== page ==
I know, I know, if you look at the official documentation on docs.ansible.com, then all of the examples start with ---. And if the official examples do it, then everyone should just blindly copy that without thinking, right?

Wrong! The Ansible documentation on YAML syntax says:

There’s another small quirk to YAML. All YAML files (regardless of their association with Ansible or not) can optionally begin with --- and end with .... This is part of the YAML format and indicates the start and end of a document.

© Copyright Ansible project contributors.

I’ve added the emphasis: optionally. They then continue with one example with --- at the start and ... at the end. The funny thing is, that’s about the only example on the Ansible documentation site (that I could find) that ends with .... So the end marker ... is clearly optional. What about the start marker ---?

What does the YAML specification say?

Ansible uses version 1.2 of the YAML specification and unless you are doing something really exotic, that’s the only version you should care about. Revision 1.2.0 was published in July 2009 and revision 1.2.2 in October 2021. That last revision doesn’t make any changes to the specification, it only corrects some errors and adds clarity.

Chapter 9 of the YAML spec introduces two concepts: documents and streams.

A stream can contain zero or more documents. It’s called a (character) stream because it can be something else than a file on your hard disk, for example some data that’s sent over a network connection. So your Ansible playbook file with extension .yml or .yaml is not a YAML document, it’s a YAML stream.

A document can have several parts:

  • Document prefix: optional character encoding and optional comment lines.
    Seriously, it’s 2022, are you going to make life hard for yourself and use any other encoding than ASCII or UTF-8? The default encoding that every YAML processor, inclusing Ansible, must support is UTF-8. So You Ain’t Gonna Need It.
    Comments can be placed anywhere, so don’t worry.
  • Document directives: these are instructions to the YAML processor and aren’t part of the data structure. The only directive I’ve occasionally seen in the wild is %YAML 1.2, to indicate the version of YAML used. That’s the default version for Ansible anyway, so You Ain’t Gonna Need It.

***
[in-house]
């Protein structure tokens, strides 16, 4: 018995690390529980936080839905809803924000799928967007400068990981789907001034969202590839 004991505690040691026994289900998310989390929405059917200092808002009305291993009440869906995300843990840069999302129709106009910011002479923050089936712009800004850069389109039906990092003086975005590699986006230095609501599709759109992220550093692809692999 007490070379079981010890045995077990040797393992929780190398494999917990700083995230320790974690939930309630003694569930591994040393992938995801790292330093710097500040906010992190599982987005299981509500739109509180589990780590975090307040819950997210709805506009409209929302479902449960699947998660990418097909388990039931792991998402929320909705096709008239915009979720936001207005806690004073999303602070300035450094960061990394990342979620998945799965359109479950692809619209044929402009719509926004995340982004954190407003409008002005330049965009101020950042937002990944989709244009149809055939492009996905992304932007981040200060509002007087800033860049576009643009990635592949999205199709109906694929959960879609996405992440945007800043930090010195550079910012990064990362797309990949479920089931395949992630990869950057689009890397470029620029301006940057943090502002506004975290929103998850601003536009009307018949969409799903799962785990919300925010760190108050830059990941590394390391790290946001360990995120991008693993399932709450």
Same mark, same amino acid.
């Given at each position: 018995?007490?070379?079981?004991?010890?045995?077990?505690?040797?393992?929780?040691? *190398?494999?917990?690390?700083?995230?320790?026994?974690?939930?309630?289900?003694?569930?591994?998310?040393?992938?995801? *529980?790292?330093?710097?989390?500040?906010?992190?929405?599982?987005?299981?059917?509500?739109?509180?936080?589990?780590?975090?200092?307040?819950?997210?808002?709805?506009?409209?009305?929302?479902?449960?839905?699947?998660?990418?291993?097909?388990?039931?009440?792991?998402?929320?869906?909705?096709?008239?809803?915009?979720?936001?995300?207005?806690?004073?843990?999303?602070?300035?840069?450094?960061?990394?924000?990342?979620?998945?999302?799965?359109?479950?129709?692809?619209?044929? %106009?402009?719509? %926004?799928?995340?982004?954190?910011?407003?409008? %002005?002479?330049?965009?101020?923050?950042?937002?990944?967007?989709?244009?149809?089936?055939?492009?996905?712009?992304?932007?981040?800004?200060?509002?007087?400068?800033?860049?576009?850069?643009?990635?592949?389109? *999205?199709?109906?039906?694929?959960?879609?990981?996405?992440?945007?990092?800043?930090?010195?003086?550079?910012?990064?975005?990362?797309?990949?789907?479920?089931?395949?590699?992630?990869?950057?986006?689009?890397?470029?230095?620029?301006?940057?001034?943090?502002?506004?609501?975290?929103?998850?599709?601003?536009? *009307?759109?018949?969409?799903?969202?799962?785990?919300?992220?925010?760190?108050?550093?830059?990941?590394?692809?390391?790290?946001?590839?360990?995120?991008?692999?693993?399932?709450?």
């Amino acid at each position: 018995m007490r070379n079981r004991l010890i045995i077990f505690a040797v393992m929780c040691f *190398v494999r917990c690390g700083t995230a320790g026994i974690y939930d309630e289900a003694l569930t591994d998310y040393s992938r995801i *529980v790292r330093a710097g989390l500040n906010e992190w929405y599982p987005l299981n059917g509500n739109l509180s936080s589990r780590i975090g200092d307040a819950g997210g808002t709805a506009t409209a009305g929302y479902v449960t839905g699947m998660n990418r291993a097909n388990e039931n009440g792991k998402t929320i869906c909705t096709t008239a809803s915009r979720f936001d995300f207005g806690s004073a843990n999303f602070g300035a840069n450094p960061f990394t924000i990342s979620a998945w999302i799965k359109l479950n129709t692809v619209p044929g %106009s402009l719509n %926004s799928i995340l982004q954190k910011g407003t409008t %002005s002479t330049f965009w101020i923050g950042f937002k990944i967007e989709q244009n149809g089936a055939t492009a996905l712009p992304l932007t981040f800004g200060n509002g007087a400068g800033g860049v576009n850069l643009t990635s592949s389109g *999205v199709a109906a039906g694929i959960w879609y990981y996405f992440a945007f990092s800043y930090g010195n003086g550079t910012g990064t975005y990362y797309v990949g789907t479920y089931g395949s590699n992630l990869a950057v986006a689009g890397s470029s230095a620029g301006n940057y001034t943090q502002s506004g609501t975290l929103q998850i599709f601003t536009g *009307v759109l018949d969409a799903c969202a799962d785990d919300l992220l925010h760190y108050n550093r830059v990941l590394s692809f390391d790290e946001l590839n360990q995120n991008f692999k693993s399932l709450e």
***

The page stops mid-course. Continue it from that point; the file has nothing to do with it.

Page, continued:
• Document markers: a parser needs some way to know where directives stop and document content begins. That’s the directives end marker, ---. There is also a document end marker, ..., which tells a parser to stop looking for content and start scanning for directives again. If there are no markers and the first line doesn’t start with % (a directive), then a parser knows that everything is content. In real life you probably won’t ever have multiple documents in the same stream (file), instead you’ll organize your Ansible code in separate .yaml files, with playbooks and roles and tasks etc.
  • Document content: that’s the only really interesting stuff you care about.

YAML knows 3 types of documents:

  • Bare documents: don’t begin with directives or marker lines. Such documents are very “clean” as they contain nothing other than the content. This is the kind of YAML documents I prefer for Ansible.
  • Explicit documents: begin with an explicit directives end maker (---) but have no directives. This is the style that many people use if they just copy/paste examples from Stack Overflow.
  • Directives documents: start with some directives, followed by an explicit directives end marker. You don’t need directives for Ansible.

Configuring yamllint

I use ansible-lint and yamllint in a pre-commit hook to check the syntax of my Ansible files. This is currently my .yamllint.yml:

rules:
  document-start:
    present: false
  truthy:
    allowed-values: ['true', 'false', 'yes', 'no']

document-start makes sure that there is no --- at the start of a file. I also have opinions on truthy: an Ansible playbook is supposed to be readable both by machines and humans, and then it makes sense to allow the more human-readable values yes and no.

Do you also have opinions that make you change the default configuration of your linters?

Install libssl3 on Ubuntu versions before Jammy

Ubuntu mainline kernel packages 5.15.7 and later bump a dependency from libssl1.1 (>= 1.1.0) to libssl3 (>= 3.0.0~~alpha1).

However, package libssl3 is not available for Ubuntu 21.10 Impish Indri. It’s only available for Ubuntu 22.04 Jammy Jellyfish (which is still in beta as of time of writing) and later.

libssl3 further depends on libc6>=2.34 and debconf, but they are available in 21.10 repositories.

Here are a few different ways to resolve the dependency:

Option 1

Use apt pinning to install libssl3 from a Jammy repo, without pulling in everything else from Jammy.